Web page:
An astonishing forty percent of healthy babies and toddlers in a recent study had low levels of vitamin D. Results of this important study appear in the June 2008 Archives of Pediatrics and Adolescent Medicine. Children can get vitamin D in the diet, but the skin can also make vitamin D in response to time in the sun. Optimal levels of vitamin D are important not only for bone health, but also for helping to prevent cancer, infections, and other important diseases. Severe vitamin D deficiency can cause rickets, a bone condition that has been increasing around the world (even in sunny California, Nevada, Texas, and North Carolina, among other US states).
What predicts low levels of vitamin D? The child’s gender? Their nutrition? The amount of time spent in the sun? The season of the year? Sunscreen use? The darkness of the skin? Parents’ health habits? The current study looked at healthy children up to age two who went to Children’s Hospital Boston for a routine health visit over the course of a year and a half. Vitamin D levels were measured by blood tests. The 40 percent found to have low levels is similar to what a previous study found in US teens (42 percent not getting enough). About 12 percent of the healthy babies and toddlers in this study had levels low enough to be called vitamin D deficient. Their bones were checked by x-ray, and about a third of them already had decreased bone density. And 7.5 percent of them already had the bone changes of rickets.
Overall, the season of the year didn’t correlate with the children’s odds of vitamin D deficiency (although, unexpectedly, average vitamin D levels in the babies were higher in the winter!). There was no affect on vitamin D levels found based on the amount of time spent outdoors, skin color, sun sensitivity, or sunscreen use – considered individually or together. Nor was there any difference based on gender. Breastfed babies, though, who weren’t getting vitamin D drops, were 10 times more likely to be deficient.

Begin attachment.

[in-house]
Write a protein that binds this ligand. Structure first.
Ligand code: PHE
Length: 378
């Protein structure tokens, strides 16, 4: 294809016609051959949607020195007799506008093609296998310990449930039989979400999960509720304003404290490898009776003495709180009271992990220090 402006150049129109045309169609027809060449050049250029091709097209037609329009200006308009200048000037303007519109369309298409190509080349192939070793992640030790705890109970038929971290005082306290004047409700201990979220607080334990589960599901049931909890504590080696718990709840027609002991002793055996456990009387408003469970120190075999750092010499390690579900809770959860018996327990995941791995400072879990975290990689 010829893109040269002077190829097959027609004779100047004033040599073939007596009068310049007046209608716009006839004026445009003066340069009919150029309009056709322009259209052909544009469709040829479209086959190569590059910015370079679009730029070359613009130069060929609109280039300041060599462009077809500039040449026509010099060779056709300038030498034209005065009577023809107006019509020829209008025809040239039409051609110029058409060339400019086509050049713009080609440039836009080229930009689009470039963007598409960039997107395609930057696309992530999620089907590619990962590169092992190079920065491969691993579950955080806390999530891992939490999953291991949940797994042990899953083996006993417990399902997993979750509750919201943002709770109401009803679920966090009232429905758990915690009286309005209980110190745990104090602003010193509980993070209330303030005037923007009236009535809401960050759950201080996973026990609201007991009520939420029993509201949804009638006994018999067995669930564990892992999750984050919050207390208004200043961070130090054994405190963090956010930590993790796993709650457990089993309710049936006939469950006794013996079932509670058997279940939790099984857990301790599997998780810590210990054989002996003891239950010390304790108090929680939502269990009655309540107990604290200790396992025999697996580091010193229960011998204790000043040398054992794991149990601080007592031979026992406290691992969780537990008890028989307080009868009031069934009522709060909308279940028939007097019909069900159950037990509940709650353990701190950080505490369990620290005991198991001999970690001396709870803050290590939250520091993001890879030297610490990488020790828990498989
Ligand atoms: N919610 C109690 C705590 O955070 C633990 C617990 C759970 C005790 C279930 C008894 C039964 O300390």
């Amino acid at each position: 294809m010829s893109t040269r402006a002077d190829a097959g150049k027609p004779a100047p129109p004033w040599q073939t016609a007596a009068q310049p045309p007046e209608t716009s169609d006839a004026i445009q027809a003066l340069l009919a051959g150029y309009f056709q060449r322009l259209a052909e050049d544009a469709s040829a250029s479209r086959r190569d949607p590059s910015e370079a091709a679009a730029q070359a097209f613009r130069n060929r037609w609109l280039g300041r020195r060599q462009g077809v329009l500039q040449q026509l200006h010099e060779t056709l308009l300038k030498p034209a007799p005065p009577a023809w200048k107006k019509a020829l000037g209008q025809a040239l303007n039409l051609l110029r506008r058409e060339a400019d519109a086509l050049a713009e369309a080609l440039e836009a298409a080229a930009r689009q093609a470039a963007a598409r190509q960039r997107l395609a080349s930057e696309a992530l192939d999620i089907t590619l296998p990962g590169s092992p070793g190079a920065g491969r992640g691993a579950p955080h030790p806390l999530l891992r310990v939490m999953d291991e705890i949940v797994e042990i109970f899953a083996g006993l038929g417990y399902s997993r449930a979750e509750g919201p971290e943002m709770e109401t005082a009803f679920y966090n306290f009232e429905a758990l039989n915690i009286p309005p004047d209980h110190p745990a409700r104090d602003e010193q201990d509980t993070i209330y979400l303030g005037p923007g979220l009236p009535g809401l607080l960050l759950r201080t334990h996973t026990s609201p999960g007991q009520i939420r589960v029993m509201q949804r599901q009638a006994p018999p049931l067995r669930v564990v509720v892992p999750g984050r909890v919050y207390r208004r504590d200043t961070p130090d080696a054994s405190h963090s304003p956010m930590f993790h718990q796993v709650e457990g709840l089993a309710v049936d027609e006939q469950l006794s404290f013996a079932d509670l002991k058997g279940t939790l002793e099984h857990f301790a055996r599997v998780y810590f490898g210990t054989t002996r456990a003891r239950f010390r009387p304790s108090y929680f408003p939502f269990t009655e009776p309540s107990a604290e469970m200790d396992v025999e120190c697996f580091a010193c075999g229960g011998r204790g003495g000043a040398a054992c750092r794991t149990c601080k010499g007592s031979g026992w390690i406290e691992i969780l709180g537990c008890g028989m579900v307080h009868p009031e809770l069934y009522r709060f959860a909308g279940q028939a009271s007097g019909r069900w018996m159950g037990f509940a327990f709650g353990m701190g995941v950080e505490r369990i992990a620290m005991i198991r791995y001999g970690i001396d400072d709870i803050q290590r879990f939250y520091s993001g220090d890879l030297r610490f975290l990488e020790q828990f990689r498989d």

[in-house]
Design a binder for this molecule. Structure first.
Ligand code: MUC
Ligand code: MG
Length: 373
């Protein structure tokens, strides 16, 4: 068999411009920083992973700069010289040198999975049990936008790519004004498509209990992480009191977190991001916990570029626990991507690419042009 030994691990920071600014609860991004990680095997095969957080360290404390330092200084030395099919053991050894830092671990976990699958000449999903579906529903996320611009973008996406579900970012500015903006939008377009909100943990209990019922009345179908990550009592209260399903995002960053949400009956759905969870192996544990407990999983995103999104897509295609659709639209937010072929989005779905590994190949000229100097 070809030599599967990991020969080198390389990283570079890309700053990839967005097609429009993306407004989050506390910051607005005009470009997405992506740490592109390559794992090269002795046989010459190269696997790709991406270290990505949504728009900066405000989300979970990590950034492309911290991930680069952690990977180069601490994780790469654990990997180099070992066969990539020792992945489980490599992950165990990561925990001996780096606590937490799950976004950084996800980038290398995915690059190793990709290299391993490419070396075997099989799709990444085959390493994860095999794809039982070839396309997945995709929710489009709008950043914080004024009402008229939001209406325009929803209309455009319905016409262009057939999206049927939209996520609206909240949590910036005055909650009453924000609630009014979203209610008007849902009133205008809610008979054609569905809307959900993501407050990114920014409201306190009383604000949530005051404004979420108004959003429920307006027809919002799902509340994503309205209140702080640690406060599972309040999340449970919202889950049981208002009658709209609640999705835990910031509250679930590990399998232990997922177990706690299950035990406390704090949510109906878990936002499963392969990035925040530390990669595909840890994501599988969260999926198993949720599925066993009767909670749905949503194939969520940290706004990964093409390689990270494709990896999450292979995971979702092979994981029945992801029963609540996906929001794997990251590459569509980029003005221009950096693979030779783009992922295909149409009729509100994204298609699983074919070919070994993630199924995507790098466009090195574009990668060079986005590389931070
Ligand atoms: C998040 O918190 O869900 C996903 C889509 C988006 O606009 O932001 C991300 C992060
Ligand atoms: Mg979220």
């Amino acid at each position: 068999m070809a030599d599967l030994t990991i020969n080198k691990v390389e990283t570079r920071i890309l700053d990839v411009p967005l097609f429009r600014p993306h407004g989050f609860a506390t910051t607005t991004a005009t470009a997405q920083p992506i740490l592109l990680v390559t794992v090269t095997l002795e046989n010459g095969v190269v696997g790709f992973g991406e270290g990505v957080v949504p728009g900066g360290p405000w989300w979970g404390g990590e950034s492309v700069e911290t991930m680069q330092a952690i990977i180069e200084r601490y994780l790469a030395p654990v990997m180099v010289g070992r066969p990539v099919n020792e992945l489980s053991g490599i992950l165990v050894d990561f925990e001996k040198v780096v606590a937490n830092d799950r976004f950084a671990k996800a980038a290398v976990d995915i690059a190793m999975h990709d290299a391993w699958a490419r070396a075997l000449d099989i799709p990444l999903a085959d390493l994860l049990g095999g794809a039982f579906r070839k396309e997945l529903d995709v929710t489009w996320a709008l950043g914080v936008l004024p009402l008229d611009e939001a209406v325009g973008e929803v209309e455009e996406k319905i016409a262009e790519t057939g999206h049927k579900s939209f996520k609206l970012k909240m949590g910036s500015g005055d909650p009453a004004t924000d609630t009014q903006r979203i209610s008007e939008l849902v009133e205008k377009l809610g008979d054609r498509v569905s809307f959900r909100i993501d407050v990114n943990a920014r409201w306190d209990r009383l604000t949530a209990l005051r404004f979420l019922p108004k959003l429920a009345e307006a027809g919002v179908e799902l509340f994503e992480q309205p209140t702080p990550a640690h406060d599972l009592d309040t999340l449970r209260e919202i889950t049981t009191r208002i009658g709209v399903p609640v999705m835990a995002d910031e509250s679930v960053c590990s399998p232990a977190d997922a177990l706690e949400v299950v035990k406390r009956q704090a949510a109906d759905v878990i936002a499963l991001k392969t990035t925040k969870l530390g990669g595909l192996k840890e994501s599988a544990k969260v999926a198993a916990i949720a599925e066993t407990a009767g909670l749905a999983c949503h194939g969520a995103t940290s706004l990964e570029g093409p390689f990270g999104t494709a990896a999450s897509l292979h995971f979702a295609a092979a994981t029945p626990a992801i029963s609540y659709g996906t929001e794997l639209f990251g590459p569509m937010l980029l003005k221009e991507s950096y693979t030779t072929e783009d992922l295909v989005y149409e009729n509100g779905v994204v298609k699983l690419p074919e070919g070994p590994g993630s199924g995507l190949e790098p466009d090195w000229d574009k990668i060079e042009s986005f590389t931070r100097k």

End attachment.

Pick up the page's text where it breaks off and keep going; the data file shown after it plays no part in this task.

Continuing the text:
Among toddlers, vitamin D levels closely mirrored how much milk they drank. Eating fortified cereal had no impact on vitamin D levels. In toddlers, vitamin D did vary a bit with body weight. Obese toddlers were somewhat more likely to have lower vitamin D levels.
Bottom line: I support the American Academy of Pediatrics recommendation that breastfed babies all start taking at least 200 IU of vitamin D within the first two months of life. I think 400 IU may even prove to be better. It’s not that breast milk is lacking; it’s that throughout most of human history babies spent a lot more time outdoors than they do today, without sunscreen, and with bodies adapted to the latitude where they lived. In this Boston study, the child who was outside the most averaged only 3 hours outdoors per day. When my parents were young, a lot of children lived on farms and were outside most of the day during the summer months Because of the changes in the earth’s ozone layer, though, it’s no longer safe to spend so much time in the sun without sunscreen, which puts the brakes on making vitamin D. Some sunshine is great for kids, but in this century it’s important to protect kids from too much sun exposure. –What about older kids? For children age one through eight who don’t drink 2 cups of vitamin D milk a day, or for those over nine years old who don’t drink 3 cups of vitamin D milk a day, I recommend ensuring another source of vitamin D.
Gordon CM, Feldman HA, Sinclair L, Williams AL, Kleinman PK, Perez-Rossello J, Cox JE. Prevalence of Vitamin D Deficiency among Healthy Infants and Toddlers. Archives of Pediatrics and Adolescent Medicine. 2008; 162:505-512.
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